Product Ranks

Some of the caveats concerning ranking the scarcity of Post cereal football cards has been discussed on previous pages. The chart below shows aggregated product card counts—combined totals for all similar brands by size. At issue is whether card counts are a better indicator than product panel counts in determining short print cards. Product panel counts were calculated by combining like cereal brands by size and dividing by the number of total cards on all of a product's panels. For instance aggregate Post Toasties 18 oz. panel totals were found by adding the card total for PT18 panels 1 and 131 and dividing by 14 since there are two panels of seven cards each. This process was repeated for each of the 20 base products (non-duplicated) included in this data collection. The percentage for each product was then calculated by dividing one product's aggregate number of panels by the total number of panels for all 20 products as shown in the chart below. Not surprisingly, cards from the two large boxes of Post Toasties show up as a higher panel percentage than any other cereal product. Using panel percentage as a basis for comparison helps level the field of cereal products with different card counts per back panel.

On the scarce side of things, the two products one would suspect of being scarcest—Grape Nuts 11 oz. and Oat Flakes 10 oz.—indeed are. The difference in percentage of panels is negligible, so to say that one or the other is rarer would simply be a guess. If one were to remove the count for Dave Baker's cards from the totals, as in the second chart below, it merely tightens up the percentage. The third chart shows what happens when all of the generally accepted short print cards are removed from both GN11 and OF10 panels—Grape Nuts 11 oz. panels move into the scarcest position. The problem with basing a conclusion on that is, by removing both Bakers' counts from the GN11 totals, all that is left is a single panel of Bob Gaiters and Sonny Jurgensen on a lone GN11 box—not much of a sample size. The bottom line is that Oat Flakes 10 oz. and Grape Nuts 11 oz. panels are the two least printed of all of the basic 20 Post cereal products.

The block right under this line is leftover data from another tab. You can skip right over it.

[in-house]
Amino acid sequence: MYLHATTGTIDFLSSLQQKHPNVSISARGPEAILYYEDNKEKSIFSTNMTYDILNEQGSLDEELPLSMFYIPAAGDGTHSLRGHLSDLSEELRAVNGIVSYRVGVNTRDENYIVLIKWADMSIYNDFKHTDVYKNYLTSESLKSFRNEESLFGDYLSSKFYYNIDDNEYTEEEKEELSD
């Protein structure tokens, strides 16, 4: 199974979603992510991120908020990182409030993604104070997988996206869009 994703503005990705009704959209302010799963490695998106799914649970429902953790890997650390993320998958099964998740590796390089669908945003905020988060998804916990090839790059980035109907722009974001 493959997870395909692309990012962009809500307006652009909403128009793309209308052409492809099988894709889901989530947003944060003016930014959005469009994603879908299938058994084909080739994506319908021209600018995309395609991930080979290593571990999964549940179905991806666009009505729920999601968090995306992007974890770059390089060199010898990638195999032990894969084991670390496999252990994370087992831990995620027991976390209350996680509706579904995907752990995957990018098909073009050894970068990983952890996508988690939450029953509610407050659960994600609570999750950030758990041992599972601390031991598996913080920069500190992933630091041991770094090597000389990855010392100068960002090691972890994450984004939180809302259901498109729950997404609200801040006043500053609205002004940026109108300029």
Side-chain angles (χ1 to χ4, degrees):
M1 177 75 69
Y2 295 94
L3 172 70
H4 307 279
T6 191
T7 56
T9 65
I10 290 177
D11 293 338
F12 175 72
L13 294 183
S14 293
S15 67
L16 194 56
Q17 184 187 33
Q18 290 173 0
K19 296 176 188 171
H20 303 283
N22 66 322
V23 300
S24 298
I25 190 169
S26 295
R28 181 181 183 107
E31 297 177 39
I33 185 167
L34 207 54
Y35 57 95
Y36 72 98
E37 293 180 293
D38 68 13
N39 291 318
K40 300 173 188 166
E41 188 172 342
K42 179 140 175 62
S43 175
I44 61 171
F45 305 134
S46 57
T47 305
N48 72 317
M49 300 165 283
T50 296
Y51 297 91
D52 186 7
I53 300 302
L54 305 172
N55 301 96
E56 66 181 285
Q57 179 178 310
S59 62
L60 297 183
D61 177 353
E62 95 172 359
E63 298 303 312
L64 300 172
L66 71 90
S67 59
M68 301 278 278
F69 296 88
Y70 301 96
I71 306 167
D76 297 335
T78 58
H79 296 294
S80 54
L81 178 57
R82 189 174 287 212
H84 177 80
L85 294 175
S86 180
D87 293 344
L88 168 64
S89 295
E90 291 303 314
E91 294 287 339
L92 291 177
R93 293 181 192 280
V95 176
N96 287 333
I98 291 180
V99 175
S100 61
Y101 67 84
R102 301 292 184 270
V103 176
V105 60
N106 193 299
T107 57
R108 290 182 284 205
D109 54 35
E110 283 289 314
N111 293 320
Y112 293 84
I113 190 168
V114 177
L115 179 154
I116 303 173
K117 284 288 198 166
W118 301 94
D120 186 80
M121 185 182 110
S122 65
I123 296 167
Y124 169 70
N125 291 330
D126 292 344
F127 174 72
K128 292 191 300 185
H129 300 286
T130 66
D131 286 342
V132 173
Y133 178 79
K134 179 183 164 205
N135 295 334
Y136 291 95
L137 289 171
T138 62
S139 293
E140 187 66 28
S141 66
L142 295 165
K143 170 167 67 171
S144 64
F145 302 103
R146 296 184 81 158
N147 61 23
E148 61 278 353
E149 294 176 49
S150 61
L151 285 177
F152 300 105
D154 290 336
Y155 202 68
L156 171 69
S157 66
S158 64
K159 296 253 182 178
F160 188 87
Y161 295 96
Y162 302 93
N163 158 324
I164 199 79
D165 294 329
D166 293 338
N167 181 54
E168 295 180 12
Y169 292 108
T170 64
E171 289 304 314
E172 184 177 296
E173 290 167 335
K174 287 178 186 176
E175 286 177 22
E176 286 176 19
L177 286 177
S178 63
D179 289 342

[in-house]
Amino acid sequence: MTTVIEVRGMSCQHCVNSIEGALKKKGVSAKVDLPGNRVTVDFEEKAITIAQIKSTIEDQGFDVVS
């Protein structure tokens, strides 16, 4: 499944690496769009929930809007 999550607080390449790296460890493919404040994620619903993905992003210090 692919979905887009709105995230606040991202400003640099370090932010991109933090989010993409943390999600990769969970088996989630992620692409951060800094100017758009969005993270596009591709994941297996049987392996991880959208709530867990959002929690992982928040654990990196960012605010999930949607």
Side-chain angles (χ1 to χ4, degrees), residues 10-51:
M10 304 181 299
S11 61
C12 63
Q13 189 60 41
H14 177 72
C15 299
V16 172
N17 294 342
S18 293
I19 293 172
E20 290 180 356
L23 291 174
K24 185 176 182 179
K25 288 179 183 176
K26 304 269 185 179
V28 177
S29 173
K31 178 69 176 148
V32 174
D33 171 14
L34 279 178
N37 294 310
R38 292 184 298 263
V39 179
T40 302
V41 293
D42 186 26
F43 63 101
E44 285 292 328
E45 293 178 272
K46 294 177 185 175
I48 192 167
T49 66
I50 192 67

Bran Flakes 11 oz. and Raisin Bran 10 oz. panels finished in a virtual dead heat for third and fourth lowest production. One would suspect that their actual production numbers were very close. A little surprising may be the data that shows cards from 8 oz. Post Toasties panels were about a half a percent less than those from Post Tens panels. Short printed cards of #41 Jess Richardson and #48 Jim Gibbons are the only two that appeared on both products and both cards showed up a couple more times in the count for Post Tens than they did in their PT8 count. With Sam Baker being on a Post Tens tray, the natural assumption might be that P10 cards would be near the top of the scarcity list. Yet, Post Tens finished below five other products. Alpha-Bits ¾ oz. single serving panels have a nearly identical percentage to that of Post Tens. Distributed in both Post Tens and Treat Paks, it might be fair to say that Post produced a gross number of AB¾ cards matching those of just one Post Tens tray's gross totals.

The next two cereal products on the list, Sugar Coated Corn Flakes 10 oz. and Grape Nuts Flakes 16 oz., have generally been regarded as short print cereals. Grape Nuts Flakes 16 oz. boxes, due to their cards being paired so often with Bran Flakes 11 oz. and Raisin Bran 10 oz. cards, seem to ride those two cereal products coattails into short print status. Sugar Coated Corn Flakes panels 15 (Whittenton) and 54 (McCord) were printed twice in separate production runs. This bumped up the number of cards from these two panels so that they are about 40% more plentiful than the ther two panels. All but one of the short print cards on the SCCF10 panels are matched with one of the top six cereal products from this list. Carroll Dale's SCCF10 #163 was paired with a card from a GNF16 panel, but the SCCF10 panel on which #163 appeared was not part of the second production run, slightly reducing that product's printed number of Dale cards.